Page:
Network coding: networking's next revolution?

Network coding could re-engineer routing, content distribution and wireless, vendors and researchers say

Some of high tech's biggest names - Microsoft, HP and Intel among them - are starting to embrace a technology called network coding in an effort to boost throughput, scalability and efficiency of everything from content distribution to wireless networks.

Network coding, largely shrouded in university and vendor labs since it was proposed seven years ago by a handful of researchers, is essentially an algorithm that proponents say can potentially more than double network throughput while also improving reliability and resistance to attacks. Network coding's most ardent supporters say the technology could spark networking's next revolution, while others say network coding is more likely to quietly infiltrate network architectures based on existing routing schemes. Read the latest WhitePaper - Experiencing Network Hang-ups?

Network coding works by separating messages into smaller bits of "evidence" that can then be deduced by the destination node without transmitting, retransmitting or replicating the entire message. It enables this evidence to traverse multiple paths to and from intermediary nodes which then send it on to the endstation. It does not require additional capacity or routes - it simply mixes evidence of messages into bit streams already supported by an existing network infrastructure.

"It's like eavesdropping: You listen to what's going on around you, you form an opinion, and then you improve the overall throughput and capacity by actually remembering and using the information you have," says Sumeet Sandhu, principal investigator for cooperative wireless communication at Intel Research.

Network coding could work its way into any number of products from routers to wireless systems or take the form of entirely new devices dubbed network coders. Intel sees the potential for the technology to extend the range of wireless base stations. Microsoft is already trialing network coding to make its content distribution system more efficient (read "Microsoft's network coding plan"). Other big network players, such as Cisco, are keeping their plans hush hush for now and declined to say more than this, through a spokesman: "We are investigating network coding as the theory helps distinguish a variety of different types of traffic, then prioritizes them to help increase the capacity of the network. Right now we do not offer any specific network coding products."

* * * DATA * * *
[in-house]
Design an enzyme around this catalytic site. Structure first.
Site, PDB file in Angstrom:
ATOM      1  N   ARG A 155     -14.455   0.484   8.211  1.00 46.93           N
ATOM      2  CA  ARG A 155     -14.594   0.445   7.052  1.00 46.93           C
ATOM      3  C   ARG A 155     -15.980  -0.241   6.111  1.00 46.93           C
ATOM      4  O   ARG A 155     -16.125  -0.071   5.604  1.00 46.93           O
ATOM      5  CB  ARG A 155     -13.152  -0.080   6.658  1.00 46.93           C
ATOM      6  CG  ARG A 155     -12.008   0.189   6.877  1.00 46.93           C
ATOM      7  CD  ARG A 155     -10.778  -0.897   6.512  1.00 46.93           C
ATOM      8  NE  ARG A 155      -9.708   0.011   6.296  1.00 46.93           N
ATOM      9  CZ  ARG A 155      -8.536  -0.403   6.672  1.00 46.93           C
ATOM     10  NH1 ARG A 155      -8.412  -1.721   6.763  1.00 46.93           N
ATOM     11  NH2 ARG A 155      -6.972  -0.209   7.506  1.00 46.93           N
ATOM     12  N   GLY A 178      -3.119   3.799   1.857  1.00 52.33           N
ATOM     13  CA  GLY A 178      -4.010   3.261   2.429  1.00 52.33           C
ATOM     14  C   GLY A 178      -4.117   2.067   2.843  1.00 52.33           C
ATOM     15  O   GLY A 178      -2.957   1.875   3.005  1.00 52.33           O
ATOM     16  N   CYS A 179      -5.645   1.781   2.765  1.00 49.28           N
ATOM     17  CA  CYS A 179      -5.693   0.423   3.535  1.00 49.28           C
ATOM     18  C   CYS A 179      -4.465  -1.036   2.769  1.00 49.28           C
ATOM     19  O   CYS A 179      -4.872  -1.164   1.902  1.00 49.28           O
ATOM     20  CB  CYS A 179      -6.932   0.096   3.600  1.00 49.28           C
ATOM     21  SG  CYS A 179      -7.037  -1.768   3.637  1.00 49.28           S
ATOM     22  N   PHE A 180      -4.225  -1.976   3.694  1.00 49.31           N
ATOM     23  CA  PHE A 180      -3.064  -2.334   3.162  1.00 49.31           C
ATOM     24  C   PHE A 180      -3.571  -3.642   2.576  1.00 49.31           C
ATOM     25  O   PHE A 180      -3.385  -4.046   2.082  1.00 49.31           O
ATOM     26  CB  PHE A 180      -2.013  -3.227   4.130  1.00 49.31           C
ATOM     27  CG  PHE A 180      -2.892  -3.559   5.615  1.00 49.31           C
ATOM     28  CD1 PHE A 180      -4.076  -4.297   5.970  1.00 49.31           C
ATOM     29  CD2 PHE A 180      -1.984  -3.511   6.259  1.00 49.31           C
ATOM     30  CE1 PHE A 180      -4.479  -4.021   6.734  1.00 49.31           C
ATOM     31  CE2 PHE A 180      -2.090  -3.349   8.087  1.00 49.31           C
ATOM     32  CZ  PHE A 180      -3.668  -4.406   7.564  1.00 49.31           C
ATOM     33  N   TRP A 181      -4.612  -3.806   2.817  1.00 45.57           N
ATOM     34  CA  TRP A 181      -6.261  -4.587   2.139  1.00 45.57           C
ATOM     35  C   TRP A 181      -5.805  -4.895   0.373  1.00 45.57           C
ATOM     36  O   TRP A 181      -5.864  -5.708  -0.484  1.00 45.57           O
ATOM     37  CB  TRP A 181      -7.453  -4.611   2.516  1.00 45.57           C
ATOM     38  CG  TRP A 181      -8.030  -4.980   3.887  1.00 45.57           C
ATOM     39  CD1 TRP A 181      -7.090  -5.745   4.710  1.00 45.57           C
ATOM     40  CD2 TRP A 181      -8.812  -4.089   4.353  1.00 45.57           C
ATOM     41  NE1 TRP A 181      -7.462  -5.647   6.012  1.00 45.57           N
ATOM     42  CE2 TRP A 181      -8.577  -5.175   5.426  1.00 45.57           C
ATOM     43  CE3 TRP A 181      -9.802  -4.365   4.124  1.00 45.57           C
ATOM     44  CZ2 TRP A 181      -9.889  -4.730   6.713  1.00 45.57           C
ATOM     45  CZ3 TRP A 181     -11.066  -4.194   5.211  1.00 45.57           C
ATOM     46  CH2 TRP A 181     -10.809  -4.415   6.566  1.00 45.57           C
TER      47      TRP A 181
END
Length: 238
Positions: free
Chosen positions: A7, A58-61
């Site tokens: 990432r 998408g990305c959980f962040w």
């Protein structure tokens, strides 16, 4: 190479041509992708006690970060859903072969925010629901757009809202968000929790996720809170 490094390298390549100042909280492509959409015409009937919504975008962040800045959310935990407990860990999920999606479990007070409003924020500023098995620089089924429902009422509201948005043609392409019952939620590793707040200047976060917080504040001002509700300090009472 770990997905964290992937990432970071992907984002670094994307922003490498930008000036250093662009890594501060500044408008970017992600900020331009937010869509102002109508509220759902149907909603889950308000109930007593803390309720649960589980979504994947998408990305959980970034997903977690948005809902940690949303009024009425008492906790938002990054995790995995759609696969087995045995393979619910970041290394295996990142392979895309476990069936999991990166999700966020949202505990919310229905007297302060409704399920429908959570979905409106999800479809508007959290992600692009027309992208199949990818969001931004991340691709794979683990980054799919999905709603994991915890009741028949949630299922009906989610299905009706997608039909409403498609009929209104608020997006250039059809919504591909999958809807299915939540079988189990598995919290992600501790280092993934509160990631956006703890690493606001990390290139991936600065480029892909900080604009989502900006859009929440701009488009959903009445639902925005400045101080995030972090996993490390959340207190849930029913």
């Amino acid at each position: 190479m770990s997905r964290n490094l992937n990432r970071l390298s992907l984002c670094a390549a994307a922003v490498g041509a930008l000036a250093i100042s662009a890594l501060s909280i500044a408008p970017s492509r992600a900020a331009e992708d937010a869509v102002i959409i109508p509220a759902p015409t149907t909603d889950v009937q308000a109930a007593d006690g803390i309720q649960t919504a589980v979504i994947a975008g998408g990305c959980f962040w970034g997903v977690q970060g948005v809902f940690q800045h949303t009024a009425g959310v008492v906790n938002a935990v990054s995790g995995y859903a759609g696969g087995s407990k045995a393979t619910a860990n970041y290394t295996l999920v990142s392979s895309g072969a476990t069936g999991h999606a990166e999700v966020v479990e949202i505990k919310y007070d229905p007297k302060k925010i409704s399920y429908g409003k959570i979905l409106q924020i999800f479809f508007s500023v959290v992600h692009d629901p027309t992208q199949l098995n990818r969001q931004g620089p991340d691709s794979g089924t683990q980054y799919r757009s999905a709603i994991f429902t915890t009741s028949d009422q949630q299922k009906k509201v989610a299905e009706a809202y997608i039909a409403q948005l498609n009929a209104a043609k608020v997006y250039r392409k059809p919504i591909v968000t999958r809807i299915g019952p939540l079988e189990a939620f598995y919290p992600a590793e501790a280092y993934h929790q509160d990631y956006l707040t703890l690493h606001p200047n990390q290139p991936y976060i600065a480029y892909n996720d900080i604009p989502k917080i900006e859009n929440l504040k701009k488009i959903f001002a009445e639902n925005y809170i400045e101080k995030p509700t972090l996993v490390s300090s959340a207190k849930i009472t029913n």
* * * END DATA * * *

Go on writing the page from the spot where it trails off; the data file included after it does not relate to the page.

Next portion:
Decoding network coding

To give you a better feel for what network coding is all about, here's a further technical explanation.

Network coding manipulates the data inside the packet itself through what's called a "bitwise exclusive or" (xor) operation to combine the information with that of another packet. A bitwise xor takes two bit patterns and performs the logical operation on each pair of corresponding bits, assigning a number "1" if the two bits are different and "0" if they are the same.

These 1s and 0s are the codes, or evidence, by which an endstation or any node with the intelligence to do so can deduce the message received from the sender. In this manner, network coding effectively allows destination nodes to receive multiple messages without an increase in the number of packets it receives or in overall network capacity.

"You're using the algebraic nature of the data in order to give yourself more freedom with what you can do with the packets," says Muriel Medard, an associate professor in the Electrical Engineering and Computer Science department at MIT, and a leading researcher in the field of network coding. "You can do things within the network that allow you to use it more efficiently or in different ways."

Proponents like Medard say network coding is particularly beneficial in shared router infrastructures - such as the Internet -- peer-to-peer content distribution and wireless mesh networks. In an article describing the concept, Medard and other researchers state that network coding has the potential to dramatically speed up and improve the reliability of all manner of communications systems and may well spark the next revolution in the field.

How a network operator implements network coding depends on what the operator is looking to accomplish, Medard says. It differs from MPLS traffic engineering - another, widely implemented method for increasing network capacity and efficiency - in that MPLS does not change the data within a packet; it adds an appendage, or label, to the packet ("MPLS explained").

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Jim Duffy

Network World

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